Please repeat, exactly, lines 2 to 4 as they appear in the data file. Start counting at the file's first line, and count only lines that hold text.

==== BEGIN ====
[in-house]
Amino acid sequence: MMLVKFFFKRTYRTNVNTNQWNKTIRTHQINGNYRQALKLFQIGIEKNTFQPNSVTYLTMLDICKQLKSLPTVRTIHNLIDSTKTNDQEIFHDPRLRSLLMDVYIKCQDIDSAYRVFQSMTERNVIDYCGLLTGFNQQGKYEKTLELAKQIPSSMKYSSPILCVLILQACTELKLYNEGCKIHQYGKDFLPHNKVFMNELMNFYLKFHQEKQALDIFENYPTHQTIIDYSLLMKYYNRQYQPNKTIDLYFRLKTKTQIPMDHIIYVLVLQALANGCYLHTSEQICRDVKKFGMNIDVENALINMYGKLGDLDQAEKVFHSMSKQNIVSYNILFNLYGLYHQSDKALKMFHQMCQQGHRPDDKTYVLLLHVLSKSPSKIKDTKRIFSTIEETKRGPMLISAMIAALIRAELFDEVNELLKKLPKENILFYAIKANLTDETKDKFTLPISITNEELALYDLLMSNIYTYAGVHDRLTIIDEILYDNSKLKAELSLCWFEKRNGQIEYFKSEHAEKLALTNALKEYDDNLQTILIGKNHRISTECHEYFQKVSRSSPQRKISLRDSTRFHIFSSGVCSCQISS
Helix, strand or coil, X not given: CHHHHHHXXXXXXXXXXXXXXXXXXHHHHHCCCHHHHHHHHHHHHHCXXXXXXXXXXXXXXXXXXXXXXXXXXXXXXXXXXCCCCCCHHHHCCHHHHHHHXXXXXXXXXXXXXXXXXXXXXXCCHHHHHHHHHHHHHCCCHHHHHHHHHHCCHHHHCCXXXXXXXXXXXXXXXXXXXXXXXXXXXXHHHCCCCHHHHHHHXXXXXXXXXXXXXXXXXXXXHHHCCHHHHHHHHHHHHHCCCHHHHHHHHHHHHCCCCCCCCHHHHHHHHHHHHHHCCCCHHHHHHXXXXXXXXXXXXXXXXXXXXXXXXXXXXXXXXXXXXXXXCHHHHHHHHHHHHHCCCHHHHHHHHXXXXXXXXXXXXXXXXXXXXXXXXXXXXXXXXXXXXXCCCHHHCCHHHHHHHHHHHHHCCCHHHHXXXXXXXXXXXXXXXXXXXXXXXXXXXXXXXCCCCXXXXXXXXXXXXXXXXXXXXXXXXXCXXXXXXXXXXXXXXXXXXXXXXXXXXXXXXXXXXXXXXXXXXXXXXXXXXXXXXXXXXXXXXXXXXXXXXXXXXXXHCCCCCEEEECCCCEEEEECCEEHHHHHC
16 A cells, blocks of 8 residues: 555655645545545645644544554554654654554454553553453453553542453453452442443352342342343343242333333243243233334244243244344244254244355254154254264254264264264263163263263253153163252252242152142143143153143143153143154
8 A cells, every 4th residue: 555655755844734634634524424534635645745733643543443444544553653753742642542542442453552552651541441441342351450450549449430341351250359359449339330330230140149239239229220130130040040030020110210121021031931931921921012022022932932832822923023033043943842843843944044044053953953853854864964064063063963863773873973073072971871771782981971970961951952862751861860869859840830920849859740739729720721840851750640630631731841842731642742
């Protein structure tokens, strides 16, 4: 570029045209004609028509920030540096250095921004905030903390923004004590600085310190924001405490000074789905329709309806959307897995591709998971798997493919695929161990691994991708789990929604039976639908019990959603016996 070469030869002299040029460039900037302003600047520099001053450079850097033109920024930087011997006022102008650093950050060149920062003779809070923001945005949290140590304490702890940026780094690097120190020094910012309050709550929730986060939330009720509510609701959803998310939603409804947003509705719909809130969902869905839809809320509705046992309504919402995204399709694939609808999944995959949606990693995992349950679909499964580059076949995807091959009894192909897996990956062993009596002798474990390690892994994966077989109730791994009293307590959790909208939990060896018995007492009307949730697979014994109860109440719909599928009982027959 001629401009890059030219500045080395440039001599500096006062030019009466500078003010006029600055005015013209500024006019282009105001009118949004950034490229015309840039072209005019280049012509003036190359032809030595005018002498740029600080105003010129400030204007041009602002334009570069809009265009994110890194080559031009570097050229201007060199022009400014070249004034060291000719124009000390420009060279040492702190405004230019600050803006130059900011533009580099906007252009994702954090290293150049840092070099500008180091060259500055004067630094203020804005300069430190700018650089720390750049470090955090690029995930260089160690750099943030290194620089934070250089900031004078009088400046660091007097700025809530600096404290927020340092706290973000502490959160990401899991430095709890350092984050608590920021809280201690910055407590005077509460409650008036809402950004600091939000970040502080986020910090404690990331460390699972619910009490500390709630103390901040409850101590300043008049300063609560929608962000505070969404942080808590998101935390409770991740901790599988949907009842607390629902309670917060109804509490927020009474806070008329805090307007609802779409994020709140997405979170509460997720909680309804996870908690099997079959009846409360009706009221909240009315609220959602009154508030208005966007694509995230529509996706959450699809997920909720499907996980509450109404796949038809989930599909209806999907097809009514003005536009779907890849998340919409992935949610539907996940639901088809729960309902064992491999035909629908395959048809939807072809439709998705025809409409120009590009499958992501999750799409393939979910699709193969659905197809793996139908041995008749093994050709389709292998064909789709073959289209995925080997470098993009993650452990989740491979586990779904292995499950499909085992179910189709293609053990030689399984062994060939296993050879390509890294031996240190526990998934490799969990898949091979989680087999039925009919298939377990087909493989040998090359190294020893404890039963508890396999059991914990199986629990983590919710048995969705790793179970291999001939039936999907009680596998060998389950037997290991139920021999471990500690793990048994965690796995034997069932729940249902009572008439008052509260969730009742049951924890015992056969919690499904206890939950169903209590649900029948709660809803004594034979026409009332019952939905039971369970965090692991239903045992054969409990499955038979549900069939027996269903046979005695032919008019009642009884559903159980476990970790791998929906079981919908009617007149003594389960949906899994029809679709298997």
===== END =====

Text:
Amino acid sequence: MMLVKFFFKRTYRTNVNTNQWNKTIRTHQINGNYRQALKLFQIGIEKNTFQPNSVTYLTMLDICKQLKSLPTVRTIHNLIDSTKTNDQEIFHDPRLRSLLMDVYIKCQDIDSAYRVFQSMTERNVIDYCGLLTGFNQQGKYEKTLELAKQIPSSMKYSSPILCVLILQACTELKLYNEGCKIHQYGKDFLPHNKVFMNELMNFYLKFHQEKQALDIFENYPTHQTIIDYSLLMKYYNRQYQPNKTIDLYFRLKTKTQIPMDHIIYVLVLQALANGCYLHTSEQICRDVKKFGMNIDVENALINMYGKLGDLDQAEKVFHSMSKQNIVSYNILFNLYGLYHQSDKALKMFHQMCQQGHRPDDKTYVLLLHVLSKSPSKIKDTKRIFSTIEETKRGPMLISAMIAALIRAELFDEVNELLKKLPKENILFYAIKANLTDETKDKFTLPISITNEELALYDLLMSNIYTYAGVHDRLTIIDEILYDNSKLKAELSLCWFEKRNGQIEYFKSEHAEKLALTNALKEYDDNLQTILIGKNHRISTECHEYFQKVSRSSPQRKISLRDSTRFHIFSSGVCSCQISS
Helix, strand or coil, X not given: CHHHHHHXXXXXXXXXXXXXXXXXXHHHHHCCCHHHHHHHHHHHHHCXXXXXXXXXXXXXXXXXXXXXXXXXXXXXXXXXXCCCCCCHHHHCCHHHHHHHXXXXXXXXXXXXXXXXXXXXXXCCHHHHHHHHHHHHHCCCHHHHHHHHHHCCHHHHCCXXXXXXXXXXXXXXXXXXXXXXXXXXXXHHHCCCCHHHHHHHXXXXXXXXXXXXXXXXXXXXHHHCCHHHHHHHHHHHHHCCCHHHHHHHHHHHHCCCCCCCCHHHHHHHHHHHHHHCCCCHHHHHHXXXXXXXXXXXXXXXXXXXXXXXXXXXXXXXXXXXXXXXCHHHHHHHHHHHHHCCCHHHHHHHHXXXXXXXXXXXXXXXXXXXXXXXXXXXXXXXXXXXXXCCCHHHCCHHHHHHHHHHHHHCCCHHHHXXXXXXXXXXXXXXXXXXXXXXXXXXXXXXXCCCCXXXXXXXXXXXXXXXXXXXXXXXXXCXXXXXXXXXXXXXXXXXXXXXXXXXXXXXXXXXXXXXXXXXXXXXXXXXXXXXXXXXXXXXXXXXXXXXXXXXXXXHCCCCCEEEECCCCEEEEECCEEHHHHHC
16 A cells, blocks of 8 residues: 555655645545545645644544554554654654554454553553453453553542453453452442443352342342343343242333333243243233334244243244344244254244355254154254264254264264264263163263263253153163252252242152142143143153143143153143154